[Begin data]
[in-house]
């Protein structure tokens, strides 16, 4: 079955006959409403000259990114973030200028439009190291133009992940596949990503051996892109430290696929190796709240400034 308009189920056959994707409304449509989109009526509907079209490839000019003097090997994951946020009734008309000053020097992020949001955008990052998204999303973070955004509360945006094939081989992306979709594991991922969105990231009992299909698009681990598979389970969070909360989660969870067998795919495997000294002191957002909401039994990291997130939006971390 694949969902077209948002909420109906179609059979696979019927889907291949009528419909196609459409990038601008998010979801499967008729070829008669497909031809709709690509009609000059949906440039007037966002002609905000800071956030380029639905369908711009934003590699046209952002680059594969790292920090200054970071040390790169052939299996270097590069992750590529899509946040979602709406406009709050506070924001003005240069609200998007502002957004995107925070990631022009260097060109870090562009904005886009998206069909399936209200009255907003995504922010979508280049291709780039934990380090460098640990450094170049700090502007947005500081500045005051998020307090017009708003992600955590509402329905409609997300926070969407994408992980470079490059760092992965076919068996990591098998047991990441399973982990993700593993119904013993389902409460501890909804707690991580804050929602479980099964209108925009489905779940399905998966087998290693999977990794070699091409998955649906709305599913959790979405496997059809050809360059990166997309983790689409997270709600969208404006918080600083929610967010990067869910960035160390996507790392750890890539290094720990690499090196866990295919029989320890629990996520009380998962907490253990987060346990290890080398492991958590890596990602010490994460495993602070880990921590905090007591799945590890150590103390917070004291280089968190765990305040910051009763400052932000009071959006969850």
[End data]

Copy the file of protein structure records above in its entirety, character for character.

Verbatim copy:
[in-house]
């Protein structure tokens, strides 16, 4: 079955006959409403000259990114973030200028439009190291133009992940596949990503051996892109430290696929190796709240400034 308009189920056959994707409304449509989109009526509907079209490839000019003097090997994951946020009734008309000053020097992020949001955008990052998204999303973070955004509360945006094939081989992306979709594991991922969105990231009992299909698009681990598979389970969070909360989660969870067998795919495997000294002191957002909401039994990291997130939006971390 694949969902077209948002909420109906179609059979696979019927889907291949009528419909196609459409990038601008998010979801499967008729070829008669497909031809709709690509009609000059949906440039007037966002002609905000800071956030380029639905369908711009934003590699046209952002680059594969790292920090200054970071040390790169052939299996270097590069992750590529899509946040979602709406406009709050506070924001003005240069609200998007502002957004995107925070990631022009260097060109870090562009904005886009998206069909399936209200009255907003995504922010979508280049291709780039934990380090460098640990450094170049700090502007947005500081500045005051998020307090017009708003992600955590509402329905409609997300926070969407994408992980470079490059760092992965076919068996990591098998047991990441399973982990993700593993119904013993389902409460501890909804707690991580804050929602479980099964209108925009489905779940399905998966087998290693999977990794070699091409998955649906709305599913959790979405496997059809050809360059990166997309983790689409997270709600969208404006918080600083929610967010990067869910960035160390996507790392750890890539290094720990690499090196866990295919029989320890629990996520009380998962907490253990987060346990290890080398492991958590890596990602010490994460495993602070880990921590905090007591799945590890150590103390917070004291280089968190765990305040910051009763400052932000009071959006969850």